Yields one 1 1/2 pound loaf
3 cups all-purpose or bread flour, more for dusting
¼ teaspoon instant yeast
1¼ teaspoons salt
Cornmeal or wheat bran as needed.
1. In a large bowl combine flour, yeast and salt. Add 1 5/8 cups water, and stir until blended; dough will be shaggy and sticky. Cover bowl with plastic wrap. Let dough rest at least 12 hours, preferably about 18, at warm room temperature, about 70 degrees.
2. Dough is ready when its surface is dotted with bubbles. Lightly flour a work surface and place dough on it; sprinkle it with a little more flour and fold it over on itself once or twice. Cover loosely with plastic wrap and let rest about 15 minutes.
3. Using just enough flour to keep dough from sticking to work surface or to your fingers, gently and quickly shape dough into a ball. Generously coat a cotton towel (not terry cloth) with flour, wheat bran or cornmeal; put dough seam side down on towel and dust with more flour, bran or cornmeal. Cover with another cotton towel and let rise for about 2 hours. When it is ready, dough will be more than double in size and will not readily spring back when poked with a finger.
4. At least a half-hour before dough is ready, heat oven to 450 degrees. Put a 6- to 8-quart heavy covered pot (cast iron, enamel, Pyrex or ceramic) in oven as it heats. When dough is ready, carefully remove pot from oven. Slide your hand under towel and turn dough over into pot, seam side up; it may look like a mess, but that is OK. Cover with lid and bake 30 minutes, then remove lid and bake another 15 to 30 minutes, until loaf is beautifully browned. Cool on a rack.
Tuesday, January 06, 2009
This whole cheesemaking thing? I think I could get into this. But December, January and February would be the months to do so, because after this, I’m in my garden. And fields or orchards or baseball fields. I do not have a cheese press, but I’ve learned that the easiest cheese to make is ricotta, followed by mozzarella.
The key? Good, whole milk—not ultra-pasteurized. (Tip: check the sell by date. If it’s 3 months from now, put it back and keep looking.) Add to this a teaspoon of cheese salt and a teaspoon of citric acid, and you’re set.
Because now you stir while the whey separates from the curd while heating over low to medium heat. Yes, I know. Curds and whey. I thought they only existed in rhyming sing-songs too. But it’s true: cheese is made by the separation of curds and whey in whole milk. It was like a scientific experiment going on in my kitchen. You want the temperature to reach 190 degrees or so. You watch for the whey to no longer be milky white, but to be more clear in consistency.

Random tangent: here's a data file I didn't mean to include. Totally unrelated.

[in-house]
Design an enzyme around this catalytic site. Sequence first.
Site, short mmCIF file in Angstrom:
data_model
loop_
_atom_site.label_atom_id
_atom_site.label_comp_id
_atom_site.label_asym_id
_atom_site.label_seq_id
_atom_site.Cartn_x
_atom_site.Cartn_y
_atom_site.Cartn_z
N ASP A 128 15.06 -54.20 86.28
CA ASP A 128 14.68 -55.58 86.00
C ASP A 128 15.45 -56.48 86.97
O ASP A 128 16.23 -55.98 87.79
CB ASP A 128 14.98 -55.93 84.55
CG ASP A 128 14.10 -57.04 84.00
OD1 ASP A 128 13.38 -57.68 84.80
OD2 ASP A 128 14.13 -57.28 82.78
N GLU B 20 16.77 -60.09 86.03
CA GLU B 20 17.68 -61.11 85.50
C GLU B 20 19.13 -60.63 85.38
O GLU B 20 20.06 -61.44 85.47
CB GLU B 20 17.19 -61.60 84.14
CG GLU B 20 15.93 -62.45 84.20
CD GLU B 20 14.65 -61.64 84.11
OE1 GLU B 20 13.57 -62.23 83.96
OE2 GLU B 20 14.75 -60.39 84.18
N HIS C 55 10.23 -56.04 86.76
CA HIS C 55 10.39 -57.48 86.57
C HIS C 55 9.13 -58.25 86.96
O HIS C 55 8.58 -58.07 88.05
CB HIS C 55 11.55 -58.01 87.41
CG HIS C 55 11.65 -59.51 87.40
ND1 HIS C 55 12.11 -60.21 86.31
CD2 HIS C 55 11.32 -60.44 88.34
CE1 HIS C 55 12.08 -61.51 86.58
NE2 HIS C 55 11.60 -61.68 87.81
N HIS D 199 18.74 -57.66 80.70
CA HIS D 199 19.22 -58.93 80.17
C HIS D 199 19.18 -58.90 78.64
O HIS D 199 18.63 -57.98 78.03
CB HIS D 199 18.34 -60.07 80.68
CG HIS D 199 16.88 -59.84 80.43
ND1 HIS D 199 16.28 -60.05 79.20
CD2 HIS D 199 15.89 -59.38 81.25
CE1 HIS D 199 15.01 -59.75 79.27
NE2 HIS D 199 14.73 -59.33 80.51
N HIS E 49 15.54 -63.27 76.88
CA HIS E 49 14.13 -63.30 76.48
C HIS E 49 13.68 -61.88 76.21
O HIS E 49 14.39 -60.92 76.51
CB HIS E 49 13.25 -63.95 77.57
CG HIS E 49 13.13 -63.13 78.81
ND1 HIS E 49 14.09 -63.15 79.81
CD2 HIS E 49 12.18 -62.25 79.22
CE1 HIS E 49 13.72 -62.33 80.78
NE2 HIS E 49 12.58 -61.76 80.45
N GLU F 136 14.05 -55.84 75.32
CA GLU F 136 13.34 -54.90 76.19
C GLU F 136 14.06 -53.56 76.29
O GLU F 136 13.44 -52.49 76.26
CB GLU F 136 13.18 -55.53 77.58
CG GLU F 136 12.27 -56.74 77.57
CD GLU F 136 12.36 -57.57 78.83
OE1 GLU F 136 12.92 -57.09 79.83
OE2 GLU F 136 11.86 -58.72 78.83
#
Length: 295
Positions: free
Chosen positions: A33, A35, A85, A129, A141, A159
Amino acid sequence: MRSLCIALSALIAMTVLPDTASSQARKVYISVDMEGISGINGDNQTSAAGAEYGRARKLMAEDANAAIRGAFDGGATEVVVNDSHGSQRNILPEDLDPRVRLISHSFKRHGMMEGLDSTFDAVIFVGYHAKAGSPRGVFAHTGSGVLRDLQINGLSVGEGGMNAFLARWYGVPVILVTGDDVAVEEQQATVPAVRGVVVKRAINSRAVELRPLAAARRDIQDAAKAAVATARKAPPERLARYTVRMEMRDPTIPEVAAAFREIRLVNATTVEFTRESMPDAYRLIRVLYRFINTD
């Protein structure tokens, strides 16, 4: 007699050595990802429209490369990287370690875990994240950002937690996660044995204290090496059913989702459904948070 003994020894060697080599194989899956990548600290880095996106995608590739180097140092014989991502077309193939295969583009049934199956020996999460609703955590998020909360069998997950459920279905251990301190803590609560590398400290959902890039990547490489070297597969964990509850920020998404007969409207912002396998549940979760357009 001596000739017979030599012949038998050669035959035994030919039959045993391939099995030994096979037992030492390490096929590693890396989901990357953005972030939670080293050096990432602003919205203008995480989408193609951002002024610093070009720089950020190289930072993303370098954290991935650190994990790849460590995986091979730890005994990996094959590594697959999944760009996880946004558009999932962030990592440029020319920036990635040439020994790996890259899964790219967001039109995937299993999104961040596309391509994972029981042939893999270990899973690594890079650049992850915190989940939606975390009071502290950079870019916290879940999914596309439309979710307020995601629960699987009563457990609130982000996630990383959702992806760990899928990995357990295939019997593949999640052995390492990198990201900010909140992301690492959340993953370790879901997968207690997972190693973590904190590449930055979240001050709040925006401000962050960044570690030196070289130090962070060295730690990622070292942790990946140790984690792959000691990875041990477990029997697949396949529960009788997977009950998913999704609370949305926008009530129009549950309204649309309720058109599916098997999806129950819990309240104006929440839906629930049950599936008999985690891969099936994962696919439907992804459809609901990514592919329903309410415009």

And once they separate, you turn off the heat, and let it sit for a bit. 15 minutes minimum. Then, scoop the curds into cheesecloth (see? This is why it’s called cheesecloth!).
Now let it drain for 15-30 minutes. I hang mine from the faucet in the sink.
The whey I’m holding onto: evidently it makes a wonderful base for English muffin bread. It’s yellow, and I poured it back into the milk jug. No one needs to make a reference to trucker’s lemonade, thanks.
The fresh ricotta is very mellow in taste, but it will keep, covered tightly, in the fridge for a good week or so. I’ve used it in ricotta baked goods (ricotta cake is tasty!), as well as in dishes like lasagna, etc. It’s a great way to layer lightly cooked vegetables, noodles, and homemade tomato sauce for a homegrown, homemade lasagna. The taste is unlike the storebought ricotta in that it has no aftertaste, coating of the tongue or other element that I would assign to it. Mellow, mellow and more mellow…and definitely homemade.
Next up? The famous no-knead bread...
Monday, January 05, 2009
And I stopped to pinch myself. Was I Laura Ingalls Wilder? No, of course not. But in my desire to cut out processed food, I realize it’s brought me closer to things like this. Like homemade jam made from berries picked that morning. Greens sauted with garlic and onions from farms within my county line. And cheese made in front off my eyes, on my very own stove. Money into my local economy, supporting local farmers, and knowing where the hell the stuff going into my body comes from. Stuff without ingredient listings consisting of chemicals and words I can’t pronounce.
And you know what? Dinner was great. Homemade bread with sauted kale and some ricotta cheese mixed in. So do you want to know about that bread or cheese first? Because the kale part has become a standard in the winter repertoire of the farm CSA recipient. And it certainly doesn’t photograph as well. Even if it is tasty...
Let’s start with the cheese…